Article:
She also writes that:

...empty wards cost a fortune, not counting the heat billowing out, which can't be cut off in unused wings. St George's trust, which owns this hospital, has to pay a percentage on all its capital assets to the NHS, under an accounting system designed to ensure that assets are not underused...

Unused capital and land does of course incur a cost, and it is good to see this recognised.  However, some empty wards are more costly than others.

One of the reasons people are upset about the planned closure of the Bolingbroke hospital is that the NHS trust spent around £2m refurbishing the hospital months before announcing its closure in 2005.  It was at best economic with the truth when talking about the cost of the refurbishment, originally claiming it spent around £600,00.  The refurbishment also failed to rectify fire hazards in the hospital, which had been known about since 1989 (see, for example, this news story).

This isn't to say that the hospital should close, of course.  We all find ourselves susceptible to the sunk cost fallacy -- throwing good money after bad.  It does, however, mean that there are legitimate concerns to be raised about the financial and managerial acuity of those involved in local healthcare provision. 

For Polly to claim that opponents of the closure -- generally from people from political parties of which she doesn't approve -- are running  "mendacious" local campaigns without actually citing a specific example of mendacity, and to decry this as "pure politics", seems, well, hypocritical.

Monday, November 20, 2006

Present, if not correct

Today sees Polly's third appearance this month in the Corrections and Clarifications column, which picks up on my suggestion last Tuesday that Nick Gilodi-Johnson's father couldn't be the owner of Farepak, as he died over five years ago. It says:

We gave the impression in a comment article that the owner of Farepack is the father of Nick Gilodi-Johnson (The Farepack scandal lays bare a gross inequality, page 35, November 14). His father Bob Johnson, who founded the company, died in 2001.

Farepack, you'll notice, rather than Farepak. Still, baby steps. Baby steps.

Friday, November 17, 2006

Inaccurate précis

In today's column, Polly Toynbee writes:

The Nuffield's eminent group of professors of law, medicine and ethics drew up the guidelines...

The group was actually wider than this. It also included campaigners, a doctor of social anthropology, a health economist, and a solicitor (source).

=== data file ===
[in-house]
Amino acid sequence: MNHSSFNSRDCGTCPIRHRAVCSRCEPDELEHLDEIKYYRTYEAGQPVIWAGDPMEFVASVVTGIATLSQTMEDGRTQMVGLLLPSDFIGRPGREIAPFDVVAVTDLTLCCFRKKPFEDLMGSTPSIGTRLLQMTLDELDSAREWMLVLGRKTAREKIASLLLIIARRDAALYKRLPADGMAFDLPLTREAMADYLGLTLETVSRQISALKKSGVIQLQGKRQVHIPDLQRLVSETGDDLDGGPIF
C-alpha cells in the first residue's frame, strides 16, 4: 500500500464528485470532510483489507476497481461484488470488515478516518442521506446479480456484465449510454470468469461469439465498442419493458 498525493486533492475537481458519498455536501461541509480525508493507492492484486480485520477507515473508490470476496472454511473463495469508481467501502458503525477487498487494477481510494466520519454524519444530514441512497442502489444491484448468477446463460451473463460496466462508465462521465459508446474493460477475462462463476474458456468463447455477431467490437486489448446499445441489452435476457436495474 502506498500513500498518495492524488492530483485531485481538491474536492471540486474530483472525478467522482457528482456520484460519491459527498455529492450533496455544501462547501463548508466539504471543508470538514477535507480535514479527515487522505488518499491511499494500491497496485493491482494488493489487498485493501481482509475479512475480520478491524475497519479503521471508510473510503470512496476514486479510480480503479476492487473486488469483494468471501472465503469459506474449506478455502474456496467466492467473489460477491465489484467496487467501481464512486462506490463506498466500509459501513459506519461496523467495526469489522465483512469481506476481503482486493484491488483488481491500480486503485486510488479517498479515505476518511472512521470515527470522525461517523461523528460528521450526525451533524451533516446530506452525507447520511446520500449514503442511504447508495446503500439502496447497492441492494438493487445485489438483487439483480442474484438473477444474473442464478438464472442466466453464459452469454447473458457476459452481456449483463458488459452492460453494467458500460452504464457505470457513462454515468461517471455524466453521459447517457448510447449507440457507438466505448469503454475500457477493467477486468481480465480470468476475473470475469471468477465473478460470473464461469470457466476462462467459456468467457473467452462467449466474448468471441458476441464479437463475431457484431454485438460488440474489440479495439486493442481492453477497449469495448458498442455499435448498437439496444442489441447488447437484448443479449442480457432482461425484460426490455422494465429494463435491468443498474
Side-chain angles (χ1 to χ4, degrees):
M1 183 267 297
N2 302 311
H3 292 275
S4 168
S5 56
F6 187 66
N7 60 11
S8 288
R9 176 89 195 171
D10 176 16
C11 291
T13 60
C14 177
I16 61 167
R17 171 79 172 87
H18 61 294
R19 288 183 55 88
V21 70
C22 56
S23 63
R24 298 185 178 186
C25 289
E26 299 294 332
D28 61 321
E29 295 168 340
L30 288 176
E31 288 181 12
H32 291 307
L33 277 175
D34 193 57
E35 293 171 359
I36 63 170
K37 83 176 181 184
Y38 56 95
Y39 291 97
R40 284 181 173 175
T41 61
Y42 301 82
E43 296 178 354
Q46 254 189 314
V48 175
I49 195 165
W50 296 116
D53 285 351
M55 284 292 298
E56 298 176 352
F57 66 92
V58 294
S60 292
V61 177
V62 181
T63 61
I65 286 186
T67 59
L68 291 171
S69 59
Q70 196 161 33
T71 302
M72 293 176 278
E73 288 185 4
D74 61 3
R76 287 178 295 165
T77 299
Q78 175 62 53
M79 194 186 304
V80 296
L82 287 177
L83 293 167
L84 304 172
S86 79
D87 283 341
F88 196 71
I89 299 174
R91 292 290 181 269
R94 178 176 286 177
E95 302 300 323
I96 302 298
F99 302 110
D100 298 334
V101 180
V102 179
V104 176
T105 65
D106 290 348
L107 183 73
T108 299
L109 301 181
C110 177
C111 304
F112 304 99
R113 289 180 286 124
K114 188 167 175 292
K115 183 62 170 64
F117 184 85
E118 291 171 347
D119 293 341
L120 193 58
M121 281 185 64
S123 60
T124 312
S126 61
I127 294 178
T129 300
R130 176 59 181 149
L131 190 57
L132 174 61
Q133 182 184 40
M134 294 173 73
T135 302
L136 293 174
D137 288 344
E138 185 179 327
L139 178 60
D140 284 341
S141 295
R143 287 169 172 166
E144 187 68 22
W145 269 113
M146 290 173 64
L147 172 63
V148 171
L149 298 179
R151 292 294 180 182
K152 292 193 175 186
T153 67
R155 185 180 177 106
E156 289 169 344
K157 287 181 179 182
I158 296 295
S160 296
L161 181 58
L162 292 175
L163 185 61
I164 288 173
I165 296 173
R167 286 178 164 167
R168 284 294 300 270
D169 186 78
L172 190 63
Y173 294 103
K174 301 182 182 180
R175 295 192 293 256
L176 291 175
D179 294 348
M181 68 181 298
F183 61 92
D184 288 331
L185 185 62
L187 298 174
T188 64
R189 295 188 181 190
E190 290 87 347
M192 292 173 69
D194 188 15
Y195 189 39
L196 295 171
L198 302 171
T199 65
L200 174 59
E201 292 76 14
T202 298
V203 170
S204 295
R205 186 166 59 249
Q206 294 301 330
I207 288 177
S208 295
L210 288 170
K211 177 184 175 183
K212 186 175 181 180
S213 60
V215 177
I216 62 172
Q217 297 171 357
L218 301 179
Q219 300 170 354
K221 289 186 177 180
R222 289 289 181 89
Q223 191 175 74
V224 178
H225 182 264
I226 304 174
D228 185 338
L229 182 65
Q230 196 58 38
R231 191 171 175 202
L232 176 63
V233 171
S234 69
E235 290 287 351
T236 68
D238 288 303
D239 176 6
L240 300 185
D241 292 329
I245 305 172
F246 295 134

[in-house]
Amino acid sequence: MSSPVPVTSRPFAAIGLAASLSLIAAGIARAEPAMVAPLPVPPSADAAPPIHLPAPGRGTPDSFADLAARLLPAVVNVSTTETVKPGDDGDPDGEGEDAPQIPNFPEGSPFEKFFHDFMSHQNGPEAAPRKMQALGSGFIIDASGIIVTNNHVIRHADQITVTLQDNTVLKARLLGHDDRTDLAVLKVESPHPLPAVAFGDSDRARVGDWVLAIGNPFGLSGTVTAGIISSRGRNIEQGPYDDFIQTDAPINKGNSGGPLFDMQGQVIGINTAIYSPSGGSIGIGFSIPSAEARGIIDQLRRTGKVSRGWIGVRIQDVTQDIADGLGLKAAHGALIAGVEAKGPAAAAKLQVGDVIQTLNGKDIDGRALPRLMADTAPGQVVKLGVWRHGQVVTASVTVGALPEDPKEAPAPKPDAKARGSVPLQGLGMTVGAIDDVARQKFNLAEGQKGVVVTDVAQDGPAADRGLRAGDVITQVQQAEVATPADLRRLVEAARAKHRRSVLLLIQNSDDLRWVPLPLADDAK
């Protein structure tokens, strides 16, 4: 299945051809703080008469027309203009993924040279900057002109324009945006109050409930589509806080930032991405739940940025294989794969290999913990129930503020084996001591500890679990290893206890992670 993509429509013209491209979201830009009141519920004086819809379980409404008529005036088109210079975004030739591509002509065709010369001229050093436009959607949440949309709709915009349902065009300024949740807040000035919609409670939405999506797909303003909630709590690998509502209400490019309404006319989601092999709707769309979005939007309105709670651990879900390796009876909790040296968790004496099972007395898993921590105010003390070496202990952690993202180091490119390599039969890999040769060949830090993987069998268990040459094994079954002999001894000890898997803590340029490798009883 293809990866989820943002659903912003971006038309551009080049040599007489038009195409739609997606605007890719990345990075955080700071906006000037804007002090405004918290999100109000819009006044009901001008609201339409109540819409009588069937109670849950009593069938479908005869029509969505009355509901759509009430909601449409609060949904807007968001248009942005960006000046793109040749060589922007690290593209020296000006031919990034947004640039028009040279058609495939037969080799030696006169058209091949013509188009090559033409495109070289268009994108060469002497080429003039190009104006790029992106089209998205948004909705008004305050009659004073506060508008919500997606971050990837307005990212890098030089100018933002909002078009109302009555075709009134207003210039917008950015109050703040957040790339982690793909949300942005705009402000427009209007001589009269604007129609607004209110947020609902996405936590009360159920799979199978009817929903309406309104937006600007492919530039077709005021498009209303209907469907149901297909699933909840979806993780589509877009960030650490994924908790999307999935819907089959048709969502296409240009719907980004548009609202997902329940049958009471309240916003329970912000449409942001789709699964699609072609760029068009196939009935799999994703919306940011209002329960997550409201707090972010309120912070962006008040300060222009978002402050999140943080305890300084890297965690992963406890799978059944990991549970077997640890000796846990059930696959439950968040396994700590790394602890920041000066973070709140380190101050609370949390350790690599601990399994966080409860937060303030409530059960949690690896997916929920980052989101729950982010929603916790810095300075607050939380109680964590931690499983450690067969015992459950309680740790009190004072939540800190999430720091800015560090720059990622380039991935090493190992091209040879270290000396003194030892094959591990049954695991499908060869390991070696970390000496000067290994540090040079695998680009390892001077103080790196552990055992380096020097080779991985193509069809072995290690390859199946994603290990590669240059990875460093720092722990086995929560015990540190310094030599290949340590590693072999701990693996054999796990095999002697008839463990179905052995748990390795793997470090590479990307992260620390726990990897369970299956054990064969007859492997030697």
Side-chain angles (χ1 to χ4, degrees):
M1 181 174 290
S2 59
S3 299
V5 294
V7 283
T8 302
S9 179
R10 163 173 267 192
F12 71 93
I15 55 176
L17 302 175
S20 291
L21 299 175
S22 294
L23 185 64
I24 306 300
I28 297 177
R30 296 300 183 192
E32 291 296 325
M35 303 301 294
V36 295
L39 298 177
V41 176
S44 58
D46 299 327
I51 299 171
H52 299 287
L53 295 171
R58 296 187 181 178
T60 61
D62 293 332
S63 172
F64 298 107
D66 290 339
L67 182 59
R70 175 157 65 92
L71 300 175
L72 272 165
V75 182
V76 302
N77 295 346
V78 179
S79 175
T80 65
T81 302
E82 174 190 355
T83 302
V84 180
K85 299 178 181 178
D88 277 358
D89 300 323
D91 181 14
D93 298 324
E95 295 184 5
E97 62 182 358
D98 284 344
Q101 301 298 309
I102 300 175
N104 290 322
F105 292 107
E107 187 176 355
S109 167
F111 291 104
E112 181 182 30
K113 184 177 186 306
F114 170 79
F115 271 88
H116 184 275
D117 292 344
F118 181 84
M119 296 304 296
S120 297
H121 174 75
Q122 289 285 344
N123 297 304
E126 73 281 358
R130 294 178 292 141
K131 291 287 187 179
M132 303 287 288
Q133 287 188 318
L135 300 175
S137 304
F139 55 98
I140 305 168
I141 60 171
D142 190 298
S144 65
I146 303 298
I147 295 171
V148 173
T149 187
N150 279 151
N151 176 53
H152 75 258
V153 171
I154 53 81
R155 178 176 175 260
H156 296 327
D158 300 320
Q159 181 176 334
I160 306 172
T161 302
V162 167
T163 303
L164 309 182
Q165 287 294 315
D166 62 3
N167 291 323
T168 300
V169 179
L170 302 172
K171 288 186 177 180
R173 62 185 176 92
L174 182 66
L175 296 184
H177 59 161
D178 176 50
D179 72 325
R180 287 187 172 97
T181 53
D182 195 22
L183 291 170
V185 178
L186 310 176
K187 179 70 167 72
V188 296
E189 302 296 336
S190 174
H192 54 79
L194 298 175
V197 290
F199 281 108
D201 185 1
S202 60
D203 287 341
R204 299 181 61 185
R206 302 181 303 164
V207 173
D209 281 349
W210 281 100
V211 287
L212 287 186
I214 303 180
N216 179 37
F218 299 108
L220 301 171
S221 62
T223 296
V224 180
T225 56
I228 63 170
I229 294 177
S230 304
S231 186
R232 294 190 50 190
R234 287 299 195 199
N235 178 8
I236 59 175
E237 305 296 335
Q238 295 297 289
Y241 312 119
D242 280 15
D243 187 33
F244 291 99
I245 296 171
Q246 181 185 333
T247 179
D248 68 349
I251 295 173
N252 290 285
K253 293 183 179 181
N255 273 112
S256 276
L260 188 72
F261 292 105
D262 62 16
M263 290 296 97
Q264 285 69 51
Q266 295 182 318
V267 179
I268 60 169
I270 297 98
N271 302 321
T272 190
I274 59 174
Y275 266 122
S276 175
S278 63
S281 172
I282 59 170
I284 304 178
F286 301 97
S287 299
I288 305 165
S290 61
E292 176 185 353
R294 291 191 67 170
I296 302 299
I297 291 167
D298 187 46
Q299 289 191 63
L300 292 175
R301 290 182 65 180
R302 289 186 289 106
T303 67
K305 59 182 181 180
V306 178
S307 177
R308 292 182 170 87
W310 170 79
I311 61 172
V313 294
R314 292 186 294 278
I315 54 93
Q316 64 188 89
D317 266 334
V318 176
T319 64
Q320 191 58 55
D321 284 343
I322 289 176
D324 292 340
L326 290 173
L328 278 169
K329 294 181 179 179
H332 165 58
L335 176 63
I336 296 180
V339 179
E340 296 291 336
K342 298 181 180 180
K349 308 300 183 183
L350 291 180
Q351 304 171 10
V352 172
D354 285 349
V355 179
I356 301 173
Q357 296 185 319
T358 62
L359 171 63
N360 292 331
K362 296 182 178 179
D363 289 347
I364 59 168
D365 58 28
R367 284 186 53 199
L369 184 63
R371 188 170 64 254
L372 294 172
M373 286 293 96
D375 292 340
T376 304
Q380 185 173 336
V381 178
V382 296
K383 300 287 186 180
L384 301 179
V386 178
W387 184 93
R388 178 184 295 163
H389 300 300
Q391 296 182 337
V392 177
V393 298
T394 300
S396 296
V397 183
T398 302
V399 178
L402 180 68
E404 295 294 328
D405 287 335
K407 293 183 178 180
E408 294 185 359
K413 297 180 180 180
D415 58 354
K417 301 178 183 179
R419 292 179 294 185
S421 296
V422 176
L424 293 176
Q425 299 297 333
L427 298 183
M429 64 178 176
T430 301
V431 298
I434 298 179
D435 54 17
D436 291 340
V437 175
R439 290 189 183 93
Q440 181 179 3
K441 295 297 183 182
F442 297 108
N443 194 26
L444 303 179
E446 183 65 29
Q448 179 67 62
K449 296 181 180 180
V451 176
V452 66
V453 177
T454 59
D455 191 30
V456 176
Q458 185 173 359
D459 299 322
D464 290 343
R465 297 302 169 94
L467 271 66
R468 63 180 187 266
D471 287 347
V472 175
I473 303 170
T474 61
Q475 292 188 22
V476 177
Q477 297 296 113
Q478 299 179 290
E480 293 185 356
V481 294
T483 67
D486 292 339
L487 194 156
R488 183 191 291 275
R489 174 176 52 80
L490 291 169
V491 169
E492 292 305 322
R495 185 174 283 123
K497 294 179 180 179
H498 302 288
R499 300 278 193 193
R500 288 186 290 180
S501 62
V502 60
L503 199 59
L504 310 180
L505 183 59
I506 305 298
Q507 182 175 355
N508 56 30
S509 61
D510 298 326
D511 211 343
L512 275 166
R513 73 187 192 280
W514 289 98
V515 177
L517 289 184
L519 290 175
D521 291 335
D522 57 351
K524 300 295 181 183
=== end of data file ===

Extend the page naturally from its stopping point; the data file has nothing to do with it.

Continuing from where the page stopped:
She also says that:

They recommend that babies born before 23 weeks should not be resuscitated, as only 1% of these survive and a high proportion of those will suffer severe disabilities. Between 23 and 24 weeks the prognosis is poor - most die and two-thirds of the survivors end up disabled - but they say parents should make the final decision. Once a baby reaches 25 weeks, intensive care should normally be given, and half will live.

In fact, the report (pdf link available here) makes a very clear distinction between babies after 23 and 24 weeks. To quote from paragraph 23 of the executive summary:

(c) Between 24 weeks, 0 days and 24 weeks, six days of gestation, normal practice should be that a baby will be offered full invasive intensive care and support from birth and admitted to a neonatal intensive care unit, unless the parents and the clinicians are agreed that in the light of the baby’s condition (or likely condition) it is not in his or her best interests to start intensive care. (d) Between 23 weeks, 0 days and 23 weeks, six days of gestation, it is very difficult to predict the future outcome for an individual baby based on current clinical evidence for babies born at this gestation as a whole. Precedence should be given to the wishes of the parents regarding resuscitation and treatment of their baby with invasive intensive care. However, when the condition of a baby indicates that he or she will not survive for long, clinicians are not legally obliged to proceed with treatment wholly contrary to their clinical judgement, if they judge that treatment would be futile

In neither of these scenarios do they say "parents should make the final decision" -- in (c) if the parents don't want treatment but the clinicians do, the paper will be offered "full invasive intensive care and support from birth". And in (d), if the parents want treatment, they point out that clinicians are not obliged to proceed -- "precedence" is given to the wishes of the parents, not final decision-making rights.